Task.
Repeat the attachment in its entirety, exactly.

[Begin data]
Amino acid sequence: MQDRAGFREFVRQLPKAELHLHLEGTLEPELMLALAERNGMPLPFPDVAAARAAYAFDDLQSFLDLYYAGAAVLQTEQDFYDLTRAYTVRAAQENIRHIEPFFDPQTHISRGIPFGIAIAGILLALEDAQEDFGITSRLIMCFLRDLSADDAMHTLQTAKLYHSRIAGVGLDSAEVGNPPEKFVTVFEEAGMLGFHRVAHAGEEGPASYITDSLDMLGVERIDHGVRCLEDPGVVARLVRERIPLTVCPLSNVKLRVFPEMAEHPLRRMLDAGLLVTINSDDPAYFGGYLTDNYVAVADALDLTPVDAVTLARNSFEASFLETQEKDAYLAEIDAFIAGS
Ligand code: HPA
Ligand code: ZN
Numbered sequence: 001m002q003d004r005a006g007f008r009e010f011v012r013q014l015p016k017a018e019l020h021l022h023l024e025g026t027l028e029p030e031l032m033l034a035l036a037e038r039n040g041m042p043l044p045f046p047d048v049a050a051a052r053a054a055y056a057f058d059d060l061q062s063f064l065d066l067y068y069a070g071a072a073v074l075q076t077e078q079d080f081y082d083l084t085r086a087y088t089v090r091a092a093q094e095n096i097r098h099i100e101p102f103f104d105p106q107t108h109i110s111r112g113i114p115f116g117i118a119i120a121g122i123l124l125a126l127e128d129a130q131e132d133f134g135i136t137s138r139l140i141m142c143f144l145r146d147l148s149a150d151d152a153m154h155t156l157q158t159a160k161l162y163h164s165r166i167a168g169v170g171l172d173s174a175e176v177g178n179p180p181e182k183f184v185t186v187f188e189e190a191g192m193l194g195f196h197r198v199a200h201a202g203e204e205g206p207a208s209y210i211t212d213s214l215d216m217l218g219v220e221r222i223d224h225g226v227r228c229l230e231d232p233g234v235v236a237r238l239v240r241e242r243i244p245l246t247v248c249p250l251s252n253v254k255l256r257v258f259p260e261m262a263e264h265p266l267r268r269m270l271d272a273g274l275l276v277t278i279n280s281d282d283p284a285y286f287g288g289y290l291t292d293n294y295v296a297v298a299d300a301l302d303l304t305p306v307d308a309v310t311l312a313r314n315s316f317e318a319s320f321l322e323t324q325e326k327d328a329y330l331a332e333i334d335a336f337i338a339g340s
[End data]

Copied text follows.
Amino acid sequence: MQDRAGFREFVRQLPKAELHLHLEGTLEPELMLALAERNGMPLPFPDVAAARAAYAFDDLQSFLDLYYAGAAVLQTEQDFYDLTRAYTVRAAQENIRHIEPFFDPQTHISRGIPFGIAIAGILLALEDAQEDFGITSRLIMCFLRDLSADDAMHTLQTAKLYHSRIAGVGLDSAEVGNPPEKFVTVFEEAGMLGFHRVAHAGEEGPASYITDSLDMLGVERIDHGVRCLEDPGVVARLVRERIPLTVCPLSNVKLRVFPEMAEHPLRRMLDAGLLVTINSDDPAYFGGYLTDNYVAVADALDLTPVDAVTLARNSFEASFLETQEKDAYLAEIDAFIAGS
Ligand code: HPA
Ligand code: ZN
Numbered sequence: 001m002q003d004r005a006g007f008r009e010f011v012r013q014l015p016k017a018e019l020h021l022h023l024e025g026t027l028e029p030e031l032m033l034a035l036a037e038r039n040g041m042p043l044p045f046p047d048v049a050a051a052r053a054a055y056a057f058d059d060l061q062s063f064l065d066l067y068y069a070g071a072a073v074l075q076t077e078q079d080f081y082d083l084t085r086a087y088t089v090r091a092a093q094e095n096i097r098h099i100e101p102f103f104d105p106q107t108h109i110s111r112g113i114p115f116g117i118a119i120a121g122i123l124l125a126l127e128d129a130q131e132d133f134g135i136t137s138r139l140i141m142c143f144l145r146d147l148s149a150d151d152a153m154h155t156l157q158t159a160k161l162y163h164s165r166i167a168g169v170g171l172d173s174a175e176v177g178n179p180p181e182k183f184v185t186v187f188e189e190a191g192m193l194g195f196h197r198v199a200h201a202g203e204e205g206p207a208s209y210i211t212d213s214l215d216m217l218g219v220e221r222i223d224h225g226v227r228c229l230e231d232p233g234v235v236a237r238l239v240r241e242r243i244p245l246t247v248c249p250l251s252n253v254k255l256r257v258f259p260e261m262a263e264h265p266l267r268r269m270l271d272a273g274l275l276v277t278i279n280s281d282d283p284a285y286f287g288g289y290l291t292d293n294y295v296a297v298a299d300a301l302d303l304t305p306v307d308a309v310t311l312a313r314n315s316f317e318a319s320f321l322e323t324q325e326k327d328a329y330l331a332e333i334d335a336f337i338a339g340s